The old Servants Hall was now my dad’s workshop and he spent a lot of time down there restoring antiques to re-sell. He had one of the field phones in his workshop and the other one was in our kitchen at the opposite end of the house. To operate them you would wind a handle on the side and a bell would ring on the phone at the other end. This was how my parents communicated especially when my mum wanted to tell my dad the dinner was ready! But we also had fun playing with them too and would often ring each other up or call my mum from the basement.
In the grounds was The Church of the Holy Angels. Mrs Meynell Ingram commissioned Bodley to commence work on the church in 1872 in memory of her husband who had died the previous year. It was generally regarded as one of the finest Victorian churches in the country and was known locally as the “Cathedral of the Midlands”. It was indeed a huge church (for a village) and always open to the public so we would sometimes go and have a look inside. On one occasion there was no-one around so Gavin and I lit all the candles in the church as we thought it looked really pretty and brightened the place up a bit. Oh dear – that was definitely not the right thing to do! ...
By Viv Wilson in Life at The Hall, Growing Up In a Stately Home | 03rd November 2019
MEDIAEVAL MAYHEM! It was the end of the summer season at Hoar Cross Hall in 1973 and rehearsals had started for the new venture of Mediaeval Banquets. All the cast would come around to the house each week for rehearsals and my mum and one or two other ladies were busy making the skirts and blouses for the wenches. My mum also made about 200 bibs which the guests were going to be wearing as eating five courses with a dagger can be quite messy! We had a King, a Jester, a Fire-eater, a Halberdier, an organist and various wenches and serving ladies. To launch the banquets my parents decided to hold a Press Reception about a month before and so we all gathered at the Hall one day in early September. There were lots of nibbles and quite a lot of champagne flowing and the newspapers and radio stations turned up to take lots of photos of us all in various poses and record interviews with the cast. It was a lovely, warm Autumn day and many of the photos were taken outdoors. I remember it turning out to be quite a party, even though it started at 9.30 in the morning; as the day wore on the organist started playing a few of the songs we would be doing at the banquets, and everyone started dancing and singing along – it was 4pm by the time we finished!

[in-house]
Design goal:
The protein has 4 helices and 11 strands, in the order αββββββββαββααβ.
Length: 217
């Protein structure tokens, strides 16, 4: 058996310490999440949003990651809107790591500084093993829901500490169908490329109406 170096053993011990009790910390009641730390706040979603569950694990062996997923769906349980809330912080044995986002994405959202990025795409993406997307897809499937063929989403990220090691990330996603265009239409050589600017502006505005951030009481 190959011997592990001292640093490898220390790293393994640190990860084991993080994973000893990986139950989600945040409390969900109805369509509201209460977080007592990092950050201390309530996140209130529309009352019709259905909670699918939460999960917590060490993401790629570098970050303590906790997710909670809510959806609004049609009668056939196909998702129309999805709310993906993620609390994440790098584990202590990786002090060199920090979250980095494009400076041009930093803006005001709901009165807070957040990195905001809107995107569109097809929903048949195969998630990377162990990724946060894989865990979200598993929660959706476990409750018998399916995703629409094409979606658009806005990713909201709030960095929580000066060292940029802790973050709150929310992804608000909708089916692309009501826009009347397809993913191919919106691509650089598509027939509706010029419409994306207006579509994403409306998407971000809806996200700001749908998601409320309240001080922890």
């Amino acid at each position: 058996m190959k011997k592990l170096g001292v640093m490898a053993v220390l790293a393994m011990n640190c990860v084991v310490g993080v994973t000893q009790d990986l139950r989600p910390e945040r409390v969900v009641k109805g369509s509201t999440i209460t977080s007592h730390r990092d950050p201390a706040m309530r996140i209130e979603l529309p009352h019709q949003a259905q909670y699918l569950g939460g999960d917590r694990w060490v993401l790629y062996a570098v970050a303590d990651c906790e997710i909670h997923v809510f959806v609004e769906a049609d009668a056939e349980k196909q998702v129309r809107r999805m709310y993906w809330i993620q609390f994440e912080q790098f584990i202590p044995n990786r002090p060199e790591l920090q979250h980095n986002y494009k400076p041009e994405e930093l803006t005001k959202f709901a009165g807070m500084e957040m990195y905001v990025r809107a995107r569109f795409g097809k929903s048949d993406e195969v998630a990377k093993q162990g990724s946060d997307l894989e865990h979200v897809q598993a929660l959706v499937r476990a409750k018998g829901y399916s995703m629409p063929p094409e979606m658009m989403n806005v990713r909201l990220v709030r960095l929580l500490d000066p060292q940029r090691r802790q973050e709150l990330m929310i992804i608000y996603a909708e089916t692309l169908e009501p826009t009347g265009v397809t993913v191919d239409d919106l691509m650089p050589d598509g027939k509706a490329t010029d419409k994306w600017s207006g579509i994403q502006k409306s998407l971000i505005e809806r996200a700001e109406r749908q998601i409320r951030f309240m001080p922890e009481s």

And so arrived the day of the first banquet. All the furniture and costumes from the Chinese Room and Ballroom had been removed and put into storage elsewhere in the house. A local carpenter had made long tables and benches to seat about 200 guests in the Ballroom, which was now known as the Banqueting Hall. We had employed caterers to do the food and the Chinese Room was used as a food preparation area next to the kitchen/café. A bar had been built in the middle of the Long Gallery. I had to sew numbers onto the coat hangers for the cloakroom – it took all day to do 100 hangers! The afternoon was spent laying the tables with mugs, daggers and serviettes. Before 7pm we went to ge...